If you plan on placing your ATMs throughout the city, it’s a good idea to map out in advance the route you will take to service them and estimate the frequency of your maintenance.
Additionally, you should consider the security measures you plan to include on your ATMs’ digital interface and on the lockbox you’ll use to transport the cash to your bank. Most ATMs require a minimum weekly balance of around $2,000, which is refilled as needed. A new business owner should perform thorough research on cash requirements and likely demand at the machine’s location.
Finally, think about why you are entering the ATM business. Your main objective should be based on the value of a good ATM: ease of use, efficiency, and security.
What? Determine your products or services
There are many different types of ATMs to consider: online or offline, white-label or brown, onsite or offsite, standalone or networked. Industry advisor Greenstar ATM provides a summary, with a short description of each:
Online ATMs – Always connected to internet; real-time transactions and monitoring
Offline ATMs – Connected only to bank’s database, fewer functions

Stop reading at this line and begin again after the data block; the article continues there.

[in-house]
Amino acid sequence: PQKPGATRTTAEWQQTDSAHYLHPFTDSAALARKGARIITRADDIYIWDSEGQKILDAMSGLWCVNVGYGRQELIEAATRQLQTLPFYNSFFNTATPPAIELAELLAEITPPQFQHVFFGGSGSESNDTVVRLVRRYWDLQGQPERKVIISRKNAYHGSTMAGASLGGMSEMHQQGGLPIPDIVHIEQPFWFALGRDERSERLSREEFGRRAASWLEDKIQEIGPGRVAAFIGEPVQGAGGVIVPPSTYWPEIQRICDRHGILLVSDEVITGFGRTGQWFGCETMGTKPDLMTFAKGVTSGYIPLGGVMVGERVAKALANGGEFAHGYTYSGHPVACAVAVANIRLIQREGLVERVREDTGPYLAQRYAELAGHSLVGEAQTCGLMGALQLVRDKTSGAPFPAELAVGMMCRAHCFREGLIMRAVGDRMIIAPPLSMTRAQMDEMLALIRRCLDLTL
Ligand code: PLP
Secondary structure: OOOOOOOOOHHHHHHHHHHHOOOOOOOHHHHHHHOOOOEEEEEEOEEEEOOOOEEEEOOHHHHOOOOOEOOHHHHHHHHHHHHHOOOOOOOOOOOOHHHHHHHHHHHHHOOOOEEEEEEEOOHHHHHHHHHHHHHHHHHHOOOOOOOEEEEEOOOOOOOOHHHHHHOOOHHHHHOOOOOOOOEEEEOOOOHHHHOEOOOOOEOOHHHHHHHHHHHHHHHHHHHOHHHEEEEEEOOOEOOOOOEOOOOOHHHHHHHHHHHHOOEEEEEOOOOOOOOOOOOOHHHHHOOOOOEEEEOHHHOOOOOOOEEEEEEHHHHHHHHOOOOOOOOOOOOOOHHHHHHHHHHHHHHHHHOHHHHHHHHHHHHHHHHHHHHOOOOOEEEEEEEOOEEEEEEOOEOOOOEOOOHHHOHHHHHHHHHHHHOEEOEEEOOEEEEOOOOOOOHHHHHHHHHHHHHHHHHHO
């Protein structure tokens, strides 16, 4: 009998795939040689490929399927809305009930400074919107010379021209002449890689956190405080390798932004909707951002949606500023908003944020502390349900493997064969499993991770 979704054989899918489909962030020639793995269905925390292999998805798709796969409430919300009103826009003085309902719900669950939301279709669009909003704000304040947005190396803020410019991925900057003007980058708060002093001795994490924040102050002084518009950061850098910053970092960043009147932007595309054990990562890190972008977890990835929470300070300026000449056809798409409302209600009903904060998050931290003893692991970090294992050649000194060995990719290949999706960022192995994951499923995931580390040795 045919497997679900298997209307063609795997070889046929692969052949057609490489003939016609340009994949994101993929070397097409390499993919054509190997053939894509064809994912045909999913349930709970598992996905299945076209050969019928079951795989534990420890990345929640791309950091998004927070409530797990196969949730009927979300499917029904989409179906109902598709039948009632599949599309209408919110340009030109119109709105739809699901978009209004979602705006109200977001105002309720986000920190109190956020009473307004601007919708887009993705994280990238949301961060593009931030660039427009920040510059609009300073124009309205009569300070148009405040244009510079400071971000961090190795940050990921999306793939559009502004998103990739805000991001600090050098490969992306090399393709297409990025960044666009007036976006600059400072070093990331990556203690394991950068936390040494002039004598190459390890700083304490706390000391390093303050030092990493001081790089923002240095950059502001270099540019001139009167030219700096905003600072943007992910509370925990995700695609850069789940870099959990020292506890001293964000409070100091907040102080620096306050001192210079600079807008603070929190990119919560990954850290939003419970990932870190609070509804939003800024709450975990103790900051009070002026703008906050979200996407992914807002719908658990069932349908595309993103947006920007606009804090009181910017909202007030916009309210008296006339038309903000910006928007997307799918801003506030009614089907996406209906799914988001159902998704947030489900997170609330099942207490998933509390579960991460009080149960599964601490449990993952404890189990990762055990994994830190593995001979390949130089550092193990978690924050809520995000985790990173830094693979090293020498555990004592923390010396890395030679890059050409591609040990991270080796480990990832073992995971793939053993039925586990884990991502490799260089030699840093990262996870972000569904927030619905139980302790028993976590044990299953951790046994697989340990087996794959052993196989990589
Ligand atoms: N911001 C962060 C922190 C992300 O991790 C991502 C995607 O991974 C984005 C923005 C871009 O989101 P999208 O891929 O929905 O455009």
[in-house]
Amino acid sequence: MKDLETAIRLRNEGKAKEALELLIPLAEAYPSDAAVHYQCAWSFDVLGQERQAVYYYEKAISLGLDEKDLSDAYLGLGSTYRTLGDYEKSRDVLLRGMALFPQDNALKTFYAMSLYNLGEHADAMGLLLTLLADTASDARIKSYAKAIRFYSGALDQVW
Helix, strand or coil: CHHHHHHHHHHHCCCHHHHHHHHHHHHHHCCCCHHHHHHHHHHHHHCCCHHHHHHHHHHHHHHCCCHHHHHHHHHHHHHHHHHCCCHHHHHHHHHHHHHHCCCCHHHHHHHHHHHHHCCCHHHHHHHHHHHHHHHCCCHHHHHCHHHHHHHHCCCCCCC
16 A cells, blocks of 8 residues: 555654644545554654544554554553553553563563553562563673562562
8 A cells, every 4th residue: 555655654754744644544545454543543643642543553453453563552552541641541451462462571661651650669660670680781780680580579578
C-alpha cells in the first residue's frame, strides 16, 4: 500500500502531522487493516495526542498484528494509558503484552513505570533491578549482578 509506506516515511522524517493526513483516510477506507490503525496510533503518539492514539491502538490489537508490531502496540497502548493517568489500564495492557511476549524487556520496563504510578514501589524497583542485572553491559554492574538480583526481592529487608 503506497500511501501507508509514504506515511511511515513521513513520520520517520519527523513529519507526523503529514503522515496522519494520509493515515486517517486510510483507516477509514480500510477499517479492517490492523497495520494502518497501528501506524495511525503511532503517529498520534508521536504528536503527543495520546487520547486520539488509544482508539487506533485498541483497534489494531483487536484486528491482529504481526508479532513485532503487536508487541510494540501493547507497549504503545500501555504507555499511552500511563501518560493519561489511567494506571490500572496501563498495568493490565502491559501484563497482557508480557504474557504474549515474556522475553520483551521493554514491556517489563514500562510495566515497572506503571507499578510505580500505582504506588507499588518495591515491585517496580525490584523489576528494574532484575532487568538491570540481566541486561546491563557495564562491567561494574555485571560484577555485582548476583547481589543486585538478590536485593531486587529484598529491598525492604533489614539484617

White Label ATMs – Operated by non-bank entities
Brown Label ATMs – Owned by ATM providers but managed by the bank whose brand is on the machine
Onsite ATMs – ATMs in a bank or retail outlet and operated by that business
Offsite ATMs – ATMs operated by a third party but placed in malls, hospitals
Standalone ATMs – ATMs unconnected to a bank network, with limited services
Networked ATMs – ATMs connected to the network of the ATM provider
Lieberman Companies provides this short guide of ATM types, including a list of the top brands and how to buy your machines. A new ATM business owner would do well to look into the latest in biometric technology and cloud-based functionality concerning ATMs. For your ATM business, you could also consider a leasing or rental operation. ATM businesses like ATM Money Machine and Goldstar ATM, among others, provide ATMs for purchase or lease.
How much should you charge for ATM transactions?
In general, ATM fees are not really a strategic choice for the business owner to make. Their fee levels, as detailed here by market analyst Value Penguin, are determined and restricted to a small range of options by federal laws and regulations. The standard fee is $2-3 per domestic transaction, or $5 plus 3% of the transaction value for international activity.
Who? Identify your target market